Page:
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These 4 Measures Indicate That Novanta (NASDAQ:NOVT) Is Using Debt Reasonably Well

Simply Wall St

Some say volatility, rather than debt, is the best way to think about risk as an investor, but Warren Buffett famously said that 'Volatility is far from synonymous with risk. So it seems the smart money knows that debt - which is usually involved in bankruptcies - is a very important factor, when you assess how risky a company is. As with many other companies Novanta Inc. (NASDAQ:NOVT) makes use of debt. But the real question is whether this debt is making the company risky.

When Is Debt A Problem?

Generally speaking, debt only becomes a real problem when a company can't easily pay it off, either by raising capital or with its own cash flow. In the worst case scenario, a company can go bankrupt if it cannot pay its creditors. However, a more usual (but still expensive) situation is where a company must dilute shareholders at a cheap share price simply to get debt under control. Of course, the upside of debt is that it often represents cheap capital, especially when it replaces dilution in a company with the ability to reinvest at high rates of return. The first step when considering a company's debt levels is to consider its cash and debt together.

Check out our latest analysis for Novanta

How Much Debt Does Novanta Carry?

You can click the graphic below for the historical numbers, but it shows that Novanta had US$214.6m of debt in June 2019, down from US$237.4m, one year before. On the flip side, it has US$66.1m in cash leading to net debt of about US$148.5m.

NasdaqGS:NOVT Historical Debt, October 18th 2019

How Healthy Is Novanta's Balance Sheet?

Zooming in on the latest balance sheet data, we can see that Novanta had liabilities of US$98.5m due within 12 months and liabilities of US$298.6m due beyond that. Offsetting these obligations, it had cash of US$66.1m as well as receivables valued at US$88.8m due within 12 months. So its liabilities total US$242.3m more than the combination of its cash and short-term receivables.

Given Novanta has a market capitalization of US$2.98b, it's hard to believe these liabilities pose much threat. But there are sufficient liabilities that we would certainly recommend shareholders continue to monitor the balance sheet, going forward.

We use two main ratios to inform us about debt levels relative to earnings. The first is net debt divided by earnings before interest, tax, depreciation, and amortization (EBITDA), while the second is how many times its earnings before interest and tax (EBIT) covers its interest expense (or its interest cover, for short). This way, we consider both the absolute quantum of the debt, as well as the interest rates paid on it.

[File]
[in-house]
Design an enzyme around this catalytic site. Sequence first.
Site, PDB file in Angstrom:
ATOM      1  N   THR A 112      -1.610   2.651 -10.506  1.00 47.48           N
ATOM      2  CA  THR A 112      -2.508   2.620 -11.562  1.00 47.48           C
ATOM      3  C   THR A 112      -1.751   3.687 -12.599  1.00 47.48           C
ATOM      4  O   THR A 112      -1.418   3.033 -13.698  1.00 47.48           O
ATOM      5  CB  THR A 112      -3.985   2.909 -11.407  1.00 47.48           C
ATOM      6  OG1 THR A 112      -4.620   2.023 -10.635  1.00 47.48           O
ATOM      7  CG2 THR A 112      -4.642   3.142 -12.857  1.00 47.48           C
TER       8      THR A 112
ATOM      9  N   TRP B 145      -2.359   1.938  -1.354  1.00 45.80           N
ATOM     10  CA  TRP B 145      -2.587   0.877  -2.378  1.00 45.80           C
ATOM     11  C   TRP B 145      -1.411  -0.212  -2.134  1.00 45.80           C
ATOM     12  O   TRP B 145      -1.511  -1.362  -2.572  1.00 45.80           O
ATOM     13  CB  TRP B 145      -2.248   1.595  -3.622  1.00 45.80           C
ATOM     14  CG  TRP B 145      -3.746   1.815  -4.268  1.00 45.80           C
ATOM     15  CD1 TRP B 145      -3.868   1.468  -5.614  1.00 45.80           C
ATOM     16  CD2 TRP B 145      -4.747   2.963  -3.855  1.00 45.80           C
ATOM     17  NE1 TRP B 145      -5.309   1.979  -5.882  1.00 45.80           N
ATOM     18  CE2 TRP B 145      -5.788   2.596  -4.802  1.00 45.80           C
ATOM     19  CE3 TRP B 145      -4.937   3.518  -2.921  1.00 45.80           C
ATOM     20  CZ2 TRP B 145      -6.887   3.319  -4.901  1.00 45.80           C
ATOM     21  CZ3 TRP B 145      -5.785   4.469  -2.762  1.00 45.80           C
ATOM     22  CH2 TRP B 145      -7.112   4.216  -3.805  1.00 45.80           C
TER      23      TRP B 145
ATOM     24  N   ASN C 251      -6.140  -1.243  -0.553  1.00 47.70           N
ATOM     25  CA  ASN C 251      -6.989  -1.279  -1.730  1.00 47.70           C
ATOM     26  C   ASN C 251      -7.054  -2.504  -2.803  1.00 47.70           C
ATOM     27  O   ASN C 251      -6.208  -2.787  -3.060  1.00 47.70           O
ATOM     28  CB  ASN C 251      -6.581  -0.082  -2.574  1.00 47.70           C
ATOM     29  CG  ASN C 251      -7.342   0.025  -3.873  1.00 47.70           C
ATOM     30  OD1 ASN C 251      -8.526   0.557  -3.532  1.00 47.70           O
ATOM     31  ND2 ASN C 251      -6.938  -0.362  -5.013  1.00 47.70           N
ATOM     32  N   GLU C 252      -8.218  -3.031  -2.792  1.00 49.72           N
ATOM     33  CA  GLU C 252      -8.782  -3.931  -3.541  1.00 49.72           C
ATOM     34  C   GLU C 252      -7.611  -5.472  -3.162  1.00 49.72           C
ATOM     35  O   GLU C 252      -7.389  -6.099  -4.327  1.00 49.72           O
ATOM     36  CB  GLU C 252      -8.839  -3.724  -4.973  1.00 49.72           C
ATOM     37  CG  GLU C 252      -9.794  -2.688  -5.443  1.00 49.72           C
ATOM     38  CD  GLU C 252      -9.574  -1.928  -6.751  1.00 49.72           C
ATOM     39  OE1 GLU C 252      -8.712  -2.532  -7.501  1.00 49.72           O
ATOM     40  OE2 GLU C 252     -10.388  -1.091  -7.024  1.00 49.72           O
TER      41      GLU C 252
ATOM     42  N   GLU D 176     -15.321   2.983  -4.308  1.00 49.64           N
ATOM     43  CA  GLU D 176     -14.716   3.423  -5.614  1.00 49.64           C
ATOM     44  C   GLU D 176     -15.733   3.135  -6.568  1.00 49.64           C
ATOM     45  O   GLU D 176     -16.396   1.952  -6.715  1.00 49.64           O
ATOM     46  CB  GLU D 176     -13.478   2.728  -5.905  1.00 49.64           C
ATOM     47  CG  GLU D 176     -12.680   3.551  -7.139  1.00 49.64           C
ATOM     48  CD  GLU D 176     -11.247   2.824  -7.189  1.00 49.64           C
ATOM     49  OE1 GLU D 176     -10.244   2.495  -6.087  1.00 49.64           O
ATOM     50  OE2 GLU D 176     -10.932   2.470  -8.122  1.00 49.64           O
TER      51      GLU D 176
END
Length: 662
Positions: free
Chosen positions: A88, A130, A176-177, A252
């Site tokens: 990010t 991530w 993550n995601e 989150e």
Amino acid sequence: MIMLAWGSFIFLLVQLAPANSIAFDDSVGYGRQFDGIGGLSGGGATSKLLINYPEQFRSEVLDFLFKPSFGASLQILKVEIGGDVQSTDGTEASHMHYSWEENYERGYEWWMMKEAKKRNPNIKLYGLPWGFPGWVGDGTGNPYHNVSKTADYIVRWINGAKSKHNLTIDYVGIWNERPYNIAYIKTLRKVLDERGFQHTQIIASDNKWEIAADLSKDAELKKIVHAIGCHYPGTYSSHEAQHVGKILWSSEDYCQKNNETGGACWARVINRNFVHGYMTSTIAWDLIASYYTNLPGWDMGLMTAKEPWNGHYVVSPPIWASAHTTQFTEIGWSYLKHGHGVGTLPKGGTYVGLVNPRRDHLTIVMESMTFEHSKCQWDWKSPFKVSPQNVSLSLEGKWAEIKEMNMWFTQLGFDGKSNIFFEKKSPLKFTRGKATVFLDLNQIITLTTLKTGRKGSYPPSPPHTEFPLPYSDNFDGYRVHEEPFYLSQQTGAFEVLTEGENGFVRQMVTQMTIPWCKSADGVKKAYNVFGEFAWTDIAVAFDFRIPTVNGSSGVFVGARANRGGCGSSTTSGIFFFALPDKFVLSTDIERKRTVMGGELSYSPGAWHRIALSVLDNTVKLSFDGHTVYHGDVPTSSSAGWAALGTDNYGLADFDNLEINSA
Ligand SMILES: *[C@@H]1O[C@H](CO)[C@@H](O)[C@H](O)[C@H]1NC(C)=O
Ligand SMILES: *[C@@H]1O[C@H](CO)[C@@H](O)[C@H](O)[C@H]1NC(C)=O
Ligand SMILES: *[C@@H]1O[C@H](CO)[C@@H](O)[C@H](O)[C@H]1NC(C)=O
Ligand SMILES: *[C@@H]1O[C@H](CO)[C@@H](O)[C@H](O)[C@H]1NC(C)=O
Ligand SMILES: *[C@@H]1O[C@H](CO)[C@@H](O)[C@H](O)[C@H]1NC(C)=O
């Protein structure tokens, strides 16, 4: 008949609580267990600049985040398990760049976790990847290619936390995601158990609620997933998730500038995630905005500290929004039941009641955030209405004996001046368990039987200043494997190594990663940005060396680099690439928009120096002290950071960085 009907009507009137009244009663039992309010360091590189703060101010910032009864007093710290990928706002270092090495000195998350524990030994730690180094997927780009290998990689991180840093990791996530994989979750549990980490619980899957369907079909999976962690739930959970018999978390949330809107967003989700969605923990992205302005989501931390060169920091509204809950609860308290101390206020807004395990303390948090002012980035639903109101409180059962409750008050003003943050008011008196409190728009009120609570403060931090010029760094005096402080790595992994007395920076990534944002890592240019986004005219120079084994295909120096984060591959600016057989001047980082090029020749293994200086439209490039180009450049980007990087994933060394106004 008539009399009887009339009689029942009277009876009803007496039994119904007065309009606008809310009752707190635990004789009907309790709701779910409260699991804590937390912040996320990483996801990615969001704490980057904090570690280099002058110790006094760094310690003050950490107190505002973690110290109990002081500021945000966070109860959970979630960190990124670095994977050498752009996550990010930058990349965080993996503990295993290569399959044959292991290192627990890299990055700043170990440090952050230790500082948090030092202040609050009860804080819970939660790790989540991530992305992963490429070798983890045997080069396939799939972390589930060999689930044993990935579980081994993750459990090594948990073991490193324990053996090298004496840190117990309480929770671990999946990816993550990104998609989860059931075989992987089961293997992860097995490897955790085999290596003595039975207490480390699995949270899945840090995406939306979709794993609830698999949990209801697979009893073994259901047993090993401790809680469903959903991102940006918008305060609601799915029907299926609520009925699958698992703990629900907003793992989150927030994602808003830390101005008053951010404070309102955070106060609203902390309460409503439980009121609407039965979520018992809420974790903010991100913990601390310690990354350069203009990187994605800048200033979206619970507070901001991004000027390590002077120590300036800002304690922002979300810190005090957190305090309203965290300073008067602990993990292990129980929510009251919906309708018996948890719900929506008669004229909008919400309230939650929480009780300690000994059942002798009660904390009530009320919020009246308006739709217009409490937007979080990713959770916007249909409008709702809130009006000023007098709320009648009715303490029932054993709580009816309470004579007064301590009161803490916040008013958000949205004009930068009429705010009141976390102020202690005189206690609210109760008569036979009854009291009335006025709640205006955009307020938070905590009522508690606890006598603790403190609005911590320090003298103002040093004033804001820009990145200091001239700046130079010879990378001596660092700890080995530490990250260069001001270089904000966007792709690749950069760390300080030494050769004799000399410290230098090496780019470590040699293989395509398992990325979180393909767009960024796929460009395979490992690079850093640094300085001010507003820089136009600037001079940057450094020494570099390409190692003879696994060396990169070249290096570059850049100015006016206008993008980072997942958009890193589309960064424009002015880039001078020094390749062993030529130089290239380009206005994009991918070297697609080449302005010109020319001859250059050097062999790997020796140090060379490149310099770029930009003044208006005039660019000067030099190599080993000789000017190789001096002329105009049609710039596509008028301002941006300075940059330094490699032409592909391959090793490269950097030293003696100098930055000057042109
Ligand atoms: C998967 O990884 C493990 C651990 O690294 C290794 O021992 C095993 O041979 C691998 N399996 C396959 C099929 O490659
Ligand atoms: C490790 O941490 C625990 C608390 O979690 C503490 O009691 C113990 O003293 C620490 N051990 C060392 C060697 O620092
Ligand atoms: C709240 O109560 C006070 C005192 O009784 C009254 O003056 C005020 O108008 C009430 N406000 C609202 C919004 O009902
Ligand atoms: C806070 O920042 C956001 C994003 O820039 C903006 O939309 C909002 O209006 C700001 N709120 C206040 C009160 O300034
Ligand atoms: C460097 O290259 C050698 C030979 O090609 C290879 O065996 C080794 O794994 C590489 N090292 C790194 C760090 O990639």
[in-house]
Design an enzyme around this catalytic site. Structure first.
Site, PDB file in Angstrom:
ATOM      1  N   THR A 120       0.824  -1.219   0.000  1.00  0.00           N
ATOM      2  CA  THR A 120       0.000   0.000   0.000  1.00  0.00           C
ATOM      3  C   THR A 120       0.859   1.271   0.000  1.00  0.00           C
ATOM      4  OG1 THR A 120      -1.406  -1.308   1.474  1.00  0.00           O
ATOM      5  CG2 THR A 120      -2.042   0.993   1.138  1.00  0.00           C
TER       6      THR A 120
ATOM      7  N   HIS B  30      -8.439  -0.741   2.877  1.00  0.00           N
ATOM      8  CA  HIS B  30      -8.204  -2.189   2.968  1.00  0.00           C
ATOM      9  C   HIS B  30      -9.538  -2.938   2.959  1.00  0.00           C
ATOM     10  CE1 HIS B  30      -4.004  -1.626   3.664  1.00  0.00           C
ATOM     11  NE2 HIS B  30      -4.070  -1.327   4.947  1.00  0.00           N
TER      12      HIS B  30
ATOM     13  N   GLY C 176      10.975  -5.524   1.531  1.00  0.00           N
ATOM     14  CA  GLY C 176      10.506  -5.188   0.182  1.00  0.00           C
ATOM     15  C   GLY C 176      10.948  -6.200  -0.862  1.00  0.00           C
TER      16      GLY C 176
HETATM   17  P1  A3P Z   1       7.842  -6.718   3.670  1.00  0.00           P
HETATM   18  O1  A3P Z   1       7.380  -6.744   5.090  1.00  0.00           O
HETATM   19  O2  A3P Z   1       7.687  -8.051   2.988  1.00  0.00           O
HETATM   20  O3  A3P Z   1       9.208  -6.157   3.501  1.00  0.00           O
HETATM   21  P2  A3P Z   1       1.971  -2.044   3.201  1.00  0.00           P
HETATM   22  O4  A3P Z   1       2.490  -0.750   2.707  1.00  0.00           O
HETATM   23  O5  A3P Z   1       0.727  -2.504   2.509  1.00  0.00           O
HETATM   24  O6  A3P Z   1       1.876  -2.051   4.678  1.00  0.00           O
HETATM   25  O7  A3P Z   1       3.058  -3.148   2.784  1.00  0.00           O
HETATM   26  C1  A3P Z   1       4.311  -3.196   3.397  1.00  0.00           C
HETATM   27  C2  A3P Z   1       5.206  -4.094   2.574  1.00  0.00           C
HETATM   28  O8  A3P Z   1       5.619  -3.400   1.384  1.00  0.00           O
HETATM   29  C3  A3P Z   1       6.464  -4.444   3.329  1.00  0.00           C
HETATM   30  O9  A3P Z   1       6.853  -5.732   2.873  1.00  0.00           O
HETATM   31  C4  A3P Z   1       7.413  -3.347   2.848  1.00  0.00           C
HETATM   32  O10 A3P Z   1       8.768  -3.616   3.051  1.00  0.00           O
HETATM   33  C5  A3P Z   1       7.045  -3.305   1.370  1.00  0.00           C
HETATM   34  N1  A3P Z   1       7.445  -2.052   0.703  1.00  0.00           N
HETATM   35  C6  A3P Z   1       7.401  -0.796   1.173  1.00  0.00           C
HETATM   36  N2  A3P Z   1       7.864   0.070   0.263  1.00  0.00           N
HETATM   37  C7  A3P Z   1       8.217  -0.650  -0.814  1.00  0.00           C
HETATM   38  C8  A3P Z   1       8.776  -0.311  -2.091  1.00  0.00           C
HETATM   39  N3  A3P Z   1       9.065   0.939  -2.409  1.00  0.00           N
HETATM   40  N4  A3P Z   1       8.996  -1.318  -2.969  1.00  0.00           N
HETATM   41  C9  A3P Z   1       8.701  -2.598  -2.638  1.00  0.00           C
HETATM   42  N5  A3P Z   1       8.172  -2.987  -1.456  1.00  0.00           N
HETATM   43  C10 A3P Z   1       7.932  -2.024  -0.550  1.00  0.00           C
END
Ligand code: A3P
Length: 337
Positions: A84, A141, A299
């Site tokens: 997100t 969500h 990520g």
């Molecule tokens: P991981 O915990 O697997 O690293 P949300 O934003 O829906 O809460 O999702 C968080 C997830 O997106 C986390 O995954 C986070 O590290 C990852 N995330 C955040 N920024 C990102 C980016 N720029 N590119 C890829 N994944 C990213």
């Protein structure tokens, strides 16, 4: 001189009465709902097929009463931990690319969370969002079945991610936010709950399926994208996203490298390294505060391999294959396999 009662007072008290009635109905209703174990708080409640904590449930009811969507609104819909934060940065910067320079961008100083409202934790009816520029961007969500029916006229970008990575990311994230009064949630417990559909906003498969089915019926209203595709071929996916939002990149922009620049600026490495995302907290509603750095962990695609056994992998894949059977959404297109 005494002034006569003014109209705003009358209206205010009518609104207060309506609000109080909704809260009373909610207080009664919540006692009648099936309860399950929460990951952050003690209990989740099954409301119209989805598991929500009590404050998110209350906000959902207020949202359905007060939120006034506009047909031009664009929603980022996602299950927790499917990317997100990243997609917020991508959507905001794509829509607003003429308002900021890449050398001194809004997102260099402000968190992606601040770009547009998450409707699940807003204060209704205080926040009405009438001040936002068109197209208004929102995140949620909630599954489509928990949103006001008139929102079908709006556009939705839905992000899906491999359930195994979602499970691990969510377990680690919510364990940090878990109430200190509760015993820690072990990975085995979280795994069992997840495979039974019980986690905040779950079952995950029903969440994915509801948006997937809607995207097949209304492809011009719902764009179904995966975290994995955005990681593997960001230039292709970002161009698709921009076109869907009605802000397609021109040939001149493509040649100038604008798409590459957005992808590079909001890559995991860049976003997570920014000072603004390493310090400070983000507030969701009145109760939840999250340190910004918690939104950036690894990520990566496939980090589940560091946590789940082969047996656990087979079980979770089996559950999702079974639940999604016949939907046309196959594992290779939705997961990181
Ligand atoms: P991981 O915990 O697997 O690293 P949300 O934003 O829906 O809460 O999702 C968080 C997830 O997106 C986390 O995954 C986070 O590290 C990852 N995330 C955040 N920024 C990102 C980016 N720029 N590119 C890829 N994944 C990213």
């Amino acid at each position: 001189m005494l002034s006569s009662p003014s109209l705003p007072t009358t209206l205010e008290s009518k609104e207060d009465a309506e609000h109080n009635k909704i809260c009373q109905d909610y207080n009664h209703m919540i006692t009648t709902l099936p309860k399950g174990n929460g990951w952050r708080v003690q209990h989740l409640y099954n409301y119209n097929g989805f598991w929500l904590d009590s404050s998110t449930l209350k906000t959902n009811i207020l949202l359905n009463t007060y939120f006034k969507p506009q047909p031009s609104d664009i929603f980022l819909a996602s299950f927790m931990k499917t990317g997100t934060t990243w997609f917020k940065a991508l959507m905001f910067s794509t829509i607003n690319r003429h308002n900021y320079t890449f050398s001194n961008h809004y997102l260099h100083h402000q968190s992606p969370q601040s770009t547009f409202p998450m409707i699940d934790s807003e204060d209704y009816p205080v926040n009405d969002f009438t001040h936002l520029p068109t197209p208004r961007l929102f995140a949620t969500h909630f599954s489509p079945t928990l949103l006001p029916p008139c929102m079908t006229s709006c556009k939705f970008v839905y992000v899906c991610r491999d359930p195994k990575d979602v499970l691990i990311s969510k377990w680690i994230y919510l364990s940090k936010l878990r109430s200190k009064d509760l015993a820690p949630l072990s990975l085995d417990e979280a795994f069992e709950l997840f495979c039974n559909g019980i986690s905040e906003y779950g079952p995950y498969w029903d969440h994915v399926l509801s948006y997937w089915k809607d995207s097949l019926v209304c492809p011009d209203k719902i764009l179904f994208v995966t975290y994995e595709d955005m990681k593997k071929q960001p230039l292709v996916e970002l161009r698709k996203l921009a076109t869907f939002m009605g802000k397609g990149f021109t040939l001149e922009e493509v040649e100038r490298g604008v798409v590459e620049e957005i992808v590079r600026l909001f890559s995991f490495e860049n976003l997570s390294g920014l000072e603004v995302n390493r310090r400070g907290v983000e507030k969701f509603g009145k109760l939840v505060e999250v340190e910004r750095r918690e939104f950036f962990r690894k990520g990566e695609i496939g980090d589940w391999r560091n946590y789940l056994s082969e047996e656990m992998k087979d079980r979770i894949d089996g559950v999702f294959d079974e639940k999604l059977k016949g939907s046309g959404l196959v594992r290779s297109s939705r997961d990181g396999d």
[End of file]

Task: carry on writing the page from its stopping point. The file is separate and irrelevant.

With net debt sitting at just 1.3 times EBITDA, Novanta is arguably pretty conservatively geared. And this view is supported by the solid interest coverage, with EBIT coming in at 8.6 times the interest expense over the last year. Novanta's EBIT was pretty flat over the last year, but that shouldn't be an issue given the it doesn't have a lot of debt. There's no doubt that we learn most about debt from the balance sheet. But it is future earnings, more than anything, that will determine Novanta's ability to maintain a healthy balance sheet going forward. So if you want to see what the professionals think, you might find this free report on analyst profit forecasts to be interesting.

Finally, while the tax-man may adore accounting profits, lenders only accept cold hard cash. So we always check how much of that EBIT is translated into free cash flow. Over the most recent three years, Novanta recorded free cash flow worth 76% of its EBIT, which is around normal, given free cash flow excludes interest and tax. This cold hard cash means it can reduce its debt when it wants to.

Our View

Novanta's conversion of EBIT to free cash flow suggests it can handle its debt as easily as Cristiano Ronaldo could score a goal against an under 14's goalkeeper. And the good news does not stop there, as its interest cover also supports that impression! Taking all this data into account, it seems to us that Novanta takes a pretty sensible approach to debt. That means they are taking on a bit more risk, in the hope of boosting shareholder returns. We'd be motivated to research the stock further if we found out that Novanta insiders have bought shares recently. If you would too, then you're in luck, since today we're sharing our list of reported insider transactions for free.

When all is said and done, sometimes its easier to focus on companies that don't even need debt. Readers can access a list of growth stocks with zero net debt 100% free, right now.

We aim to bring you long-term focused research analysis driven by fundamental data. Note that our analysis may not factor in the latest price-sensitive company announcements or qualitative material.

If you spot an error that warrants correction, please contact the editor at editorial-team@simplywallst.com. This article by Simply Wall St is general in nature. It does not constitute a recommendation to buy or sell any stock, and does not take account of your objectives, or your financial situation. Simply Wall St has no position in the stocks mentioned. Thank you for reading.